According to the SEC’s order, Daniel J. Rice III was managing energy-focused funds and SMAs at BlackRock when he founded Rice Energy, a family-owned and operated oil and natural gas company. Rice was the general partner of Rice Energy and personally invested approximately $50 million in the company. Rice Energy later formed a joint venture with a publicly traded coal company that eventually became the largest holding (9.4%) in the BlackRock Energy & Resources Portfolio managed by Rice. Following three Wall Street Journal articles in June 2012 detailing Rice’s connection to Rice Energy and his simultaneous role as an energy sector portfolio manager at BlackRock, Rice announced he would no longer manage BlackRock funds and he would leave BlackRock at the end of 2012. The SEC’s order finds that BlackRock knew and approved of Rice’s investment and involvement with Rice Energy as well as the joint venture, but failed to disclose this conflict of interest to either the boards of the BlackRock registered funds or its advisory clients.
The SEC found that BlackRock failed to adopt and implement written policies and procedures addressing how to assess outside activities of its employees for conflicts purposes, who was responsible for approving outside activity, and how to monitor employees with BlackRock-approved outside activities. The SEC found that the CCO knew and approved of numerous outside activities engaged in by BlackRock employees (including Rice), but he did not recommend written policies and procedures to assess and monitor those outside activities and to disclose conflicts of interest to the funds’ board and advisory clients. In January 2013, BlackRock finally adopted written policies and procedures addressing outside activities.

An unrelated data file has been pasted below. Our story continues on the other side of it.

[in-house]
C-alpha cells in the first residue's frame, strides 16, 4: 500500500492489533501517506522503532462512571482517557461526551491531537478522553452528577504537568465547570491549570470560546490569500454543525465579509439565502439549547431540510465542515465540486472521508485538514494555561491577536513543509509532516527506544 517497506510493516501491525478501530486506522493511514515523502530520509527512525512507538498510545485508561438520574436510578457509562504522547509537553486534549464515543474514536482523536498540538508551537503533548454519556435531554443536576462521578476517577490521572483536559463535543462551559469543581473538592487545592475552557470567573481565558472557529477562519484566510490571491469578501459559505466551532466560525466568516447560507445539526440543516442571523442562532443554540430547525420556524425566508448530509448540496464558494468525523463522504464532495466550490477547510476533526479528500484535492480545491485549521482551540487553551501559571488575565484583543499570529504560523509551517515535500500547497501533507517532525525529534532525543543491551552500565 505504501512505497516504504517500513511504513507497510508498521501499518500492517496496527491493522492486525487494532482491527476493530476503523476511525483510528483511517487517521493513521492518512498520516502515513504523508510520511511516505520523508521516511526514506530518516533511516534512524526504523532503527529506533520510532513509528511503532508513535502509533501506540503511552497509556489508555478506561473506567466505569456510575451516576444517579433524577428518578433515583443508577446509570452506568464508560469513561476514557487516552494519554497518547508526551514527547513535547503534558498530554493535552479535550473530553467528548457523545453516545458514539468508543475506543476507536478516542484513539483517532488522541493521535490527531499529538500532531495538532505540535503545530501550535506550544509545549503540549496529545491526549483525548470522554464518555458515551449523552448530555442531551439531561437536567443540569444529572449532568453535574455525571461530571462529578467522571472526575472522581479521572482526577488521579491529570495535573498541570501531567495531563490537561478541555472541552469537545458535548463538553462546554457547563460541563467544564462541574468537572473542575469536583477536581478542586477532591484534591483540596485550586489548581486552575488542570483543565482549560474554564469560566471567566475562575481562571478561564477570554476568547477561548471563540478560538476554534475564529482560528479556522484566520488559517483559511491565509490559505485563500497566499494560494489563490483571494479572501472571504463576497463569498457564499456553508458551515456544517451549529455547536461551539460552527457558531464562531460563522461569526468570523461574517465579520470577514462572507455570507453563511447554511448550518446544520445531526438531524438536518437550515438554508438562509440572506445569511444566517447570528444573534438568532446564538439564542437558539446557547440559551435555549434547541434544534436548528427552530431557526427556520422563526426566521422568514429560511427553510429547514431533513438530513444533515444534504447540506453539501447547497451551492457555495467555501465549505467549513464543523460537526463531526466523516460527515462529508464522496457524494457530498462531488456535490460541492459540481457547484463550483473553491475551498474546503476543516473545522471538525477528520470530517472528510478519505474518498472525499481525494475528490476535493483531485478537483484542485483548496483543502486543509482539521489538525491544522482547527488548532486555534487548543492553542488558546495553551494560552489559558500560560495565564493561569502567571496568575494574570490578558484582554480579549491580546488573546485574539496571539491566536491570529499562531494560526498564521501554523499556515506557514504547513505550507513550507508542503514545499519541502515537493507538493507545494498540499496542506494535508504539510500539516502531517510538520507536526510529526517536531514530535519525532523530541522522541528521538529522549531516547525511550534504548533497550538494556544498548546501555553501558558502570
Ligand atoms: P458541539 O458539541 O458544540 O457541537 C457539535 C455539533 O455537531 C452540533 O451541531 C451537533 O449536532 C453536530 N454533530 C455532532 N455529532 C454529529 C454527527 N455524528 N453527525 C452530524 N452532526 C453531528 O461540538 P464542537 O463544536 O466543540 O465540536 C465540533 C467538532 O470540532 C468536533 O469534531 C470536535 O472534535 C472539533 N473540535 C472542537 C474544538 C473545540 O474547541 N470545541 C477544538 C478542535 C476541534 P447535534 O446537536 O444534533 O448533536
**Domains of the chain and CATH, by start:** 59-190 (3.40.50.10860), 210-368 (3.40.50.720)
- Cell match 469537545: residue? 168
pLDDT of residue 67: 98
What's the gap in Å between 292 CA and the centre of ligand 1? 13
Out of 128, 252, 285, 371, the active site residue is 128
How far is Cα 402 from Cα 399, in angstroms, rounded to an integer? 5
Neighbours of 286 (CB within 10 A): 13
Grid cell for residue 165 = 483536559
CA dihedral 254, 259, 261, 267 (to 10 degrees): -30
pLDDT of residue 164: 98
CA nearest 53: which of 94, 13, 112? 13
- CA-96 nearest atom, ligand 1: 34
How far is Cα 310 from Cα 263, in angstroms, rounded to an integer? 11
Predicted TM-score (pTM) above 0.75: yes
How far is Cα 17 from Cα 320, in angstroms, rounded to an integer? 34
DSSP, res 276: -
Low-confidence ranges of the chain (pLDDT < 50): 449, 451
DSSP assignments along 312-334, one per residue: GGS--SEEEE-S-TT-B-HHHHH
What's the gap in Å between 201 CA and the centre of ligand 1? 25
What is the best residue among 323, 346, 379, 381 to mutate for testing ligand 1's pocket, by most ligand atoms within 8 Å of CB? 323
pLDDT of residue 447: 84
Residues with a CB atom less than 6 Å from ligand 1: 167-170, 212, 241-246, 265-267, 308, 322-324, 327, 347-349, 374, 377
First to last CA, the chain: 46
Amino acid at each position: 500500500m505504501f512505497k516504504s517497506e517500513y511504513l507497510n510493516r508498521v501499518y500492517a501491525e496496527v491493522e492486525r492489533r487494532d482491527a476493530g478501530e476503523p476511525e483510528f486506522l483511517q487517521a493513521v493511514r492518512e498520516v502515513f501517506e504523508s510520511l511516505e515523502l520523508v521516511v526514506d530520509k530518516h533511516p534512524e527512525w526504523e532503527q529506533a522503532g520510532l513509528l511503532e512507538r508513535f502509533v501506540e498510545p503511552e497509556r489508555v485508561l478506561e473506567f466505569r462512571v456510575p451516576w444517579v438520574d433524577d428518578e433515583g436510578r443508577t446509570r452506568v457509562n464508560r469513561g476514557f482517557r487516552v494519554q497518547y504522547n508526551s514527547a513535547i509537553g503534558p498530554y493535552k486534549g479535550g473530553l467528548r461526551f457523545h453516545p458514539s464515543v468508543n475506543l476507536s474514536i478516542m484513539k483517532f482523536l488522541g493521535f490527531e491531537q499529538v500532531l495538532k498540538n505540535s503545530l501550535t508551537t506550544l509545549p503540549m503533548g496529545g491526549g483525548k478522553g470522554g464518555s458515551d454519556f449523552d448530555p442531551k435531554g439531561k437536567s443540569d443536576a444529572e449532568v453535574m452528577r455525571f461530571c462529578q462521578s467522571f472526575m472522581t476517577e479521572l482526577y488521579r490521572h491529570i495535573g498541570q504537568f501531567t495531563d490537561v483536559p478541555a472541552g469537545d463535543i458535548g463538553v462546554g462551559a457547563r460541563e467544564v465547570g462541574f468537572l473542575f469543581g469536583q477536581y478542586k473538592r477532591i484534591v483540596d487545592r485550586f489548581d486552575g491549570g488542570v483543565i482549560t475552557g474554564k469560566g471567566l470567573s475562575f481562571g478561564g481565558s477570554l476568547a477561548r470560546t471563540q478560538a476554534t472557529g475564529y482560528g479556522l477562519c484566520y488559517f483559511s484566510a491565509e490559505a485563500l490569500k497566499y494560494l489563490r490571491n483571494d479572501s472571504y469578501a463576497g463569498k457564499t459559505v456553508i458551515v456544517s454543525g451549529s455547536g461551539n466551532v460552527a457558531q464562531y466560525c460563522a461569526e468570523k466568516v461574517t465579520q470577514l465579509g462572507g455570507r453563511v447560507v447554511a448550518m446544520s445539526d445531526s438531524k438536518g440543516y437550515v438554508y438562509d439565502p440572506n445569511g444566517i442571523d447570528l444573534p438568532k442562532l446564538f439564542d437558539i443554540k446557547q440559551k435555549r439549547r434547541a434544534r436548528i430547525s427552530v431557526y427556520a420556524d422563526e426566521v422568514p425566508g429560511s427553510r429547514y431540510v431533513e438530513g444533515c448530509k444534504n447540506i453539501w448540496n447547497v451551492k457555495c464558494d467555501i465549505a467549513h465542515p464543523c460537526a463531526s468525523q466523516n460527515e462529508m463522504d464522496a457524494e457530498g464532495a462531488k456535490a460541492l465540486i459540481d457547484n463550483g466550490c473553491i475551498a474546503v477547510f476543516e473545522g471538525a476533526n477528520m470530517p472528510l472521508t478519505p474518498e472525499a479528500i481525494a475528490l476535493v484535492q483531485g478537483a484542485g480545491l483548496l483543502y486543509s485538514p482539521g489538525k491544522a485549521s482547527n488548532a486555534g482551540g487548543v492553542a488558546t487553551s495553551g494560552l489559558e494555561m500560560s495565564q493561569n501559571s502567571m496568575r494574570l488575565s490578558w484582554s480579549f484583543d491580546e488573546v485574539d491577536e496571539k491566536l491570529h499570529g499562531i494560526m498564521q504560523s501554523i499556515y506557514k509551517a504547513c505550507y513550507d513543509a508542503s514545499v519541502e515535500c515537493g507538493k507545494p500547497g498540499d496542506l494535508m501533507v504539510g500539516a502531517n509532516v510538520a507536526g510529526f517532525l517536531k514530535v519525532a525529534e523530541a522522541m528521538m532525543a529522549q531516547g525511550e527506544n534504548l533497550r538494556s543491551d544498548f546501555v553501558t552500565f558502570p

BlackRock had a private investment policy that required employees to receive BlackRock’s approval before making any private investments. The SEC found that Rice violated BlackRock’s policy by not obtaining pre-approval to form and fund Rice Energy and make loans to a Rice Energy subsidiary. The SEC further found that BlackRock and the CCO knew about Rice’s violations of the private investment policy, and knew or should have known that these violations were “material compliance matters” under Rule 38a-1 of the Investment Company Act and, therefore, were required to be reported to the boards of directors of the Rice-managed funds.
“This is the first SEC case to charge violations of Rule 38a-1 for failing to report a material compliance matter such as violations of the adviser’s policies and procedures to a fund board,” said Julie M. Riewe, Co-Chief of the SEC Enforcement Division’s Asset Management Unit. “BlackRock and [the CCO] caused the funds’ failure to report Rice’s violations of BlackRock’s private investment policy and denied the funds’ boards critical compliance information alerting them to Rice’s outside business interests.”